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Witness Intimidation: Strategies for Prevention

NCJ Number
W Maynard
Date Published
52 pages
This study examined the level of witness intimidation in England, using reported crime statistics from the police and the Crown Prosecution Service; a survey of residents in several high- crime housing projects; and a postal survey of crime victims and witnesses to reported crimes.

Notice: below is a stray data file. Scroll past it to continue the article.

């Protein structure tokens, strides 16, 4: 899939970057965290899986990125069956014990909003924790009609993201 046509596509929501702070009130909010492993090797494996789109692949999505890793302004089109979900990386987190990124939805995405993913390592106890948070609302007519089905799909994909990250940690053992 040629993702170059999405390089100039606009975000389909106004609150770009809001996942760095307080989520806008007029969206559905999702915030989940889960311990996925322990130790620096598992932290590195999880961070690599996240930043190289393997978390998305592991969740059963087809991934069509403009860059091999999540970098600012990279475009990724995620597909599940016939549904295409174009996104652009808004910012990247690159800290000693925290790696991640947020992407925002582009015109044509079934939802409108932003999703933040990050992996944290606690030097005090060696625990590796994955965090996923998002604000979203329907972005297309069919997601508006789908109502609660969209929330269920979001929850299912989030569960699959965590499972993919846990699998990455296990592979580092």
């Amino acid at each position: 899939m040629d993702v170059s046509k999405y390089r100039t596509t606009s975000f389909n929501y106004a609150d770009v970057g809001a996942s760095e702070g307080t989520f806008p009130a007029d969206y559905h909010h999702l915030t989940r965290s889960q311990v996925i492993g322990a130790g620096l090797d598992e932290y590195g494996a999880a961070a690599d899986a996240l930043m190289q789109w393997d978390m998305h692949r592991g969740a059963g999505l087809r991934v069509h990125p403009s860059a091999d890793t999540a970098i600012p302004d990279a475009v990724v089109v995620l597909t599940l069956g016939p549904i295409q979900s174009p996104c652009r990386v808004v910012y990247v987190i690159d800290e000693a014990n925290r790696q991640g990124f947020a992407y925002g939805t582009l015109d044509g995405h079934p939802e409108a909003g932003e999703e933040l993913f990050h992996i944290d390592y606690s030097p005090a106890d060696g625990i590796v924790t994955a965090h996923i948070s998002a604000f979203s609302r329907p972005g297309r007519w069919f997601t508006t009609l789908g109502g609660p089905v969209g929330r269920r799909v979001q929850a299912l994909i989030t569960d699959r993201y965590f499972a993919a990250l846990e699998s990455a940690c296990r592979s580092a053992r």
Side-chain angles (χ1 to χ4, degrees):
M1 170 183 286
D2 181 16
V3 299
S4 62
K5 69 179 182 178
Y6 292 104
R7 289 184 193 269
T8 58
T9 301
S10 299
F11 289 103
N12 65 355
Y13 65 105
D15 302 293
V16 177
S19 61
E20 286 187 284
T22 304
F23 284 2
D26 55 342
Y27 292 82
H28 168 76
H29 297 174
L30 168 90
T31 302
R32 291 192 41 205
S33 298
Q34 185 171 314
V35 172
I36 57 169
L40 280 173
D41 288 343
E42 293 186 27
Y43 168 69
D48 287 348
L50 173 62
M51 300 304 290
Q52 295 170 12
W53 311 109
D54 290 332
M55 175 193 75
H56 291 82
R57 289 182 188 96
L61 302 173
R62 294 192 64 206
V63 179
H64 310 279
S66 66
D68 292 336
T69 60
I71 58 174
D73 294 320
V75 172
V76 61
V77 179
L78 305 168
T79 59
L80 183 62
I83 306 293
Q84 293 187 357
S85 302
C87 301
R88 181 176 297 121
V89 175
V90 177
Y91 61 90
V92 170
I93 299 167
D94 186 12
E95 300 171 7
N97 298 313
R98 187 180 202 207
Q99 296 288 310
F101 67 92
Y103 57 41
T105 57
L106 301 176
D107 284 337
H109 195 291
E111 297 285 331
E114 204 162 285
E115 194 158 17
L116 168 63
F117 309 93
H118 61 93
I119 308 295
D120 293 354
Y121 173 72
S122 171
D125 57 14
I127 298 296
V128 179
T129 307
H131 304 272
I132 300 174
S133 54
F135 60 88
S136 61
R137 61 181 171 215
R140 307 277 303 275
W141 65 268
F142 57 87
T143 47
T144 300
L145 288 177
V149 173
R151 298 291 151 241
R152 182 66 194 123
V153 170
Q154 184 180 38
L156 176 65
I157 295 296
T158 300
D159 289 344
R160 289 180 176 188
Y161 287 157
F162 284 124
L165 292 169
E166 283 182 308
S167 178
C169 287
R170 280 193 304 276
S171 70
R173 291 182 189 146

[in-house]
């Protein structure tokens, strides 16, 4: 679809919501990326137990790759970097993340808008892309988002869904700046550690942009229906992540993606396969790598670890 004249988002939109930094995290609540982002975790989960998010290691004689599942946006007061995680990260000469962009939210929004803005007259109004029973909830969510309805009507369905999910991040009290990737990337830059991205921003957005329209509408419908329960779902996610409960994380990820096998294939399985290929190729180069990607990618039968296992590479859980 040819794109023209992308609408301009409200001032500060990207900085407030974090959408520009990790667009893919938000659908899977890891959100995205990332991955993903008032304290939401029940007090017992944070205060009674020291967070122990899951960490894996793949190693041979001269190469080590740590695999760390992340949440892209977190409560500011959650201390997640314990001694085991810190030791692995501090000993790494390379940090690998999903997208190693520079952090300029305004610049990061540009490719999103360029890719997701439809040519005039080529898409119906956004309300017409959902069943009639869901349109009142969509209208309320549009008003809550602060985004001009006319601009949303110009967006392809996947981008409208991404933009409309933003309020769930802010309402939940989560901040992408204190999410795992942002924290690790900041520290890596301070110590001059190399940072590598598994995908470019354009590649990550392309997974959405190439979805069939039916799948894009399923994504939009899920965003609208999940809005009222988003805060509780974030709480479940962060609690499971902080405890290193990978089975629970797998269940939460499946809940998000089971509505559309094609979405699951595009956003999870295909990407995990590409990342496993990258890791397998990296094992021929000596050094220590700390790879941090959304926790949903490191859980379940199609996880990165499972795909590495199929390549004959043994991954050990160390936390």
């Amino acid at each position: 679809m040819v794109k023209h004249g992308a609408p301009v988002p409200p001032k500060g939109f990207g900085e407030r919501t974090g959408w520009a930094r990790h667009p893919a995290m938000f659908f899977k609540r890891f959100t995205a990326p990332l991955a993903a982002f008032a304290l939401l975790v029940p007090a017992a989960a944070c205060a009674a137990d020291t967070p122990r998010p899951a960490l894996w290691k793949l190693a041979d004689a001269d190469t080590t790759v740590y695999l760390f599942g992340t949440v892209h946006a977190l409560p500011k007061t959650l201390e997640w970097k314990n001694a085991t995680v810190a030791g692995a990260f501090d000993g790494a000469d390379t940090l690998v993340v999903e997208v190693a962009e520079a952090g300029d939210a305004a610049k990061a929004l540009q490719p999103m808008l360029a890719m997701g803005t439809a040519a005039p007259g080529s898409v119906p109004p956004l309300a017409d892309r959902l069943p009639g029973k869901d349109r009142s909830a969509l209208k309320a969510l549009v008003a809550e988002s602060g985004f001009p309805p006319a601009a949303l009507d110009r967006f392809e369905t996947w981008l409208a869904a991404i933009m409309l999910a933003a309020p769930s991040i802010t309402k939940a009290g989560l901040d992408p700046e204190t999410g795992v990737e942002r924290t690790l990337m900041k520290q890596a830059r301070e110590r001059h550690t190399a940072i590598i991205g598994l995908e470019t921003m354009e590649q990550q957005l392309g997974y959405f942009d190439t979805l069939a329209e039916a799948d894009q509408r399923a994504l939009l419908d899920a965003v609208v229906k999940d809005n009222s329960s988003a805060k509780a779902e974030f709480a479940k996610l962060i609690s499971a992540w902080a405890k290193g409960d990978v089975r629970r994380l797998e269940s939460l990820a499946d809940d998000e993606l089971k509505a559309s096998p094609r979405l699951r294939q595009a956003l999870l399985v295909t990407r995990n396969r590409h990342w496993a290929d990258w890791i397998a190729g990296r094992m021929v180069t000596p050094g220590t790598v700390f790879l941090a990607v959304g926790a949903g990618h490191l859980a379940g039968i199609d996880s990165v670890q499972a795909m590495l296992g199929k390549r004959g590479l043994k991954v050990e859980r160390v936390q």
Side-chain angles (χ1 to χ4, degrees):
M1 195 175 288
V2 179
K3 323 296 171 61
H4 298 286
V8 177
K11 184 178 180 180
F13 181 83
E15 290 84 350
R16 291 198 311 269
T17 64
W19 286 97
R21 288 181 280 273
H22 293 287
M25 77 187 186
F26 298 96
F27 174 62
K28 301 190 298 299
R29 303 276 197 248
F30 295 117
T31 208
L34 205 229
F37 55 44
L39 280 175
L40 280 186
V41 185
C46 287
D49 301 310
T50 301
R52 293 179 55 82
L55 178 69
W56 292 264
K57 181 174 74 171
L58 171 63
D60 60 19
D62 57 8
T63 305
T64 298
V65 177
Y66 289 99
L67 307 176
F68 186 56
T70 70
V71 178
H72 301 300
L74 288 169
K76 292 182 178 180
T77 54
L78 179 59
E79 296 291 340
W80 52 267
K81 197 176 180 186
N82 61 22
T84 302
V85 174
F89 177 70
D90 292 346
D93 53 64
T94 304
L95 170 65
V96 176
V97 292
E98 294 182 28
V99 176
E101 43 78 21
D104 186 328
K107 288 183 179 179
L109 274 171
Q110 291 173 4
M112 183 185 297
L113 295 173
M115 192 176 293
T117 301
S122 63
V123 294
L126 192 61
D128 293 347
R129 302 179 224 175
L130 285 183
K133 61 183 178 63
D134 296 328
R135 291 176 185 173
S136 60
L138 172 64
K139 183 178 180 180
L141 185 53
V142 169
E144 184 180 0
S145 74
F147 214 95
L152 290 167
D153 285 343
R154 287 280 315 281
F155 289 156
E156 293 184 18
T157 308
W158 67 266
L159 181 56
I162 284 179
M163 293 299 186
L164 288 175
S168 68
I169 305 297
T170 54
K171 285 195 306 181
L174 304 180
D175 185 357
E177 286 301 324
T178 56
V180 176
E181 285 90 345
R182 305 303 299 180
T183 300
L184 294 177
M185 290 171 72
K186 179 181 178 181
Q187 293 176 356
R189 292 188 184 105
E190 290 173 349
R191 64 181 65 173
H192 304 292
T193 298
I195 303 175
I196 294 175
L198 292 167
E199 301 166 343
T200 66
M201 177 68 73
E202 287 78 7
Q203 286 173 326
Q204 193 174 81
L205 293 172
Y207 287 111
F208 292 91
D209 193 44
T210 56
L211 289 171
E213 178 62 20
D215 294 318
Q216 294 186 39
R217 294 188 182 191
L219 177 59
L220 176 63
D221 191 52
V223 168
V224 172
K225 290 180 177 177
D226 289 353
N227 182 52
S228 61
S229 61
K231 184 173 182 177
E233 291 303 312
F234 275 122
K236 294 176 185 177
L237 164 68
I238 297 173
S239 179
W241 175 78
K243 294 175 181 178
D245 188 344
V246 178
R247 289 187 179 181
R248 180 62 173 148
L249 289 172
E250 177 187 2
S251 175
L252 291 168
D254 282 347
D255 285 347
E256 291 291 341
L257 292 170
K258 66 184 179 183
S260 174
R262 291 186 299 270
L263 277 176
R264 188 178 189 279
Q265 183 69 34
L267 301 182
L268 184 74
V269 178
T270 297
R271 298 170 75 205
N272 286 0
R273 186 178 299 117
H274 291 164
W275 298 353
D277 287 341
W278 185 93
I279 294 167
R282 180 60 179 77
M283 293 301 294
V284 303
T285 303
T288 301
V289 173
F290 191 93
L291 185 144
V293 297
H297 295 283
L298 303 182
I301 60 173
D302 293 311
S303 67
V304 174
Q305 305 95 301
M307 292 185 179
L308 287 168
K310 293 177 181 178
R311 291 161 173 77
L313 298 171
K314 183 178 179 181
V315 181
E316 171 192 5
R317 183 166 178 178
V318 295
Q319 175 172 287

In addition, researchers conducted interviews with victims of intimidation and police officials to ascertain typical circumstances under which witnesses are intimidated. The study found that, in high-crime housing projects, 13 percent of crimes reported by victims and 9 percent of crime reported by witnesses lead to subsequent intimidation. However, many crimes apparently go unreported because victims and witnesses fear intimidation. In many cases, before a suspect is apprehended, victim intimidation is difficult to prevent when the offender knows his victim's identity. Often, witness intimidation begins immediately after police contact is initiated. Intimidation may also occur when the suspect is free on bond, during surveillance operations, and in and around the court itself. Cooperation between the courts, the Crown Court Witness Service, the Crown Prosecution Service, the prison service, Victim Support, and local authorities could reduce the incidence of victim- witness intimidation. 8 tables, 1 figure, 15 references, and 1 appendix